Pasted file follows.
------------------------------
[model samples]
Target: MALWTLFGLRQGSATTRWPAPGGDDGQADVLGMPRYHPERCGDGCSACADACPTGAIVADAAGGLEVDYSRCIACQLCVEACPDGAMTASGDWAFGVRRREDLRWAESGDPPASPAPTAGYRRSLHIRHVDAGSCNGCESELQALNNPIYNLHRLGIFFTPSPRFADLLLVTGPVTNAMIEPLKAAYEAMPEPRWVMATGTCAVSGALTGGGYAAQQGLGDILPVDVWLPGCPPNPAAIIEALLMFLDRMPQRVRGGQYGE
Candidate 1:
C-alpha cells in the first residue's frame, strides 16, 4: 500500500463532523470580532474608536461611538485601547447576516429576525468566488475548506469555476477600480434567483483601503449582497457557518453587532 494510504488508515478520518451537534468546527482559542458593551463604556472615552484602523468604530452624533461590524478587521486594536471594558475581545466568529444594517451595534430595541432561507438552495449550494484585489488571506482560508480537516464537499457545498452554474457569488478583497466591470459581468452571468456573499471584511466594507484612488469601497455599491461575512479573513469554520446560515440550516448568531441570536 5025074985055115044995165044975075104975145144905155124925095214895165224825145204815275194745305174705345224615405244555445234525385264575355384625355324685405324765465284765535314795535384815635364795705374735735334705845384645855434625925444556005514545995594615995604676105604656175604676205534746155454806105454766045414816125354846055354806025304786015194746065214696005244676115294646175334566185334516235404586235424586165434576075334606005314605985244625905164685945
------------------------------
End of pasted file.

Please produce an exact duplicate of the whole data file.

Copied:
[model samples]
Target: MALWTLFGLRQGSATTRWPAPGGDDGQADVLGMPRYHPERCGDGCSACADACPTGAIVADAAGGLEVDYSRCIACQLCVEACPDGAMTASGDWAFGVRRREDLRWAESGDPPASPAPTAGYRRSLHIRHVDAGSCNGCESELQALNNPIYNLHRLGIFFTPSPRFADLLLVTGPVTNAMIEPLKAAYEAMPEPRWVMATGTCAVSGALTGGGYAAQQGLGDILPVDVWLPGCPPNPAAIIEALLMFLDRMPQRVRGGQYGE
Candidate 1:
C-alpha cells in the first residue's frame, strides 16, 4: 500500500463532523470580532474608536461611538485601547447576516429576525468566488475548506469555476477600480434567483483601503449582497457557518453587532 494510504488508515478520518451537534468546527482559542458593551463604556472615552484602523468604530452624533461590524478587521486594536471594558475581545466568529444594517451595534430595541432561507438552495449550494484585489488571506482560508480537516464537499457545498452554474457569488478583497466591470459581468452571468456573499471584511466594507484612488469601497455599491461575512479573513469554520446560515440550516448568531441570536 5025074985055115044995165044975075104975145144905155124925095214895165224825145204815275194745305174705345224615405244555445234525385264575355384625355324685405324765465284765535314795535384815635364795705374735735334705845384645855434625925444556005514545995594615995604676105604656175604676205534746155454806105454766045414816125354846055354806025304786015194746065214696005244676115294646175334566185334516235404586235424586165434576075334606005314605985244625905164685945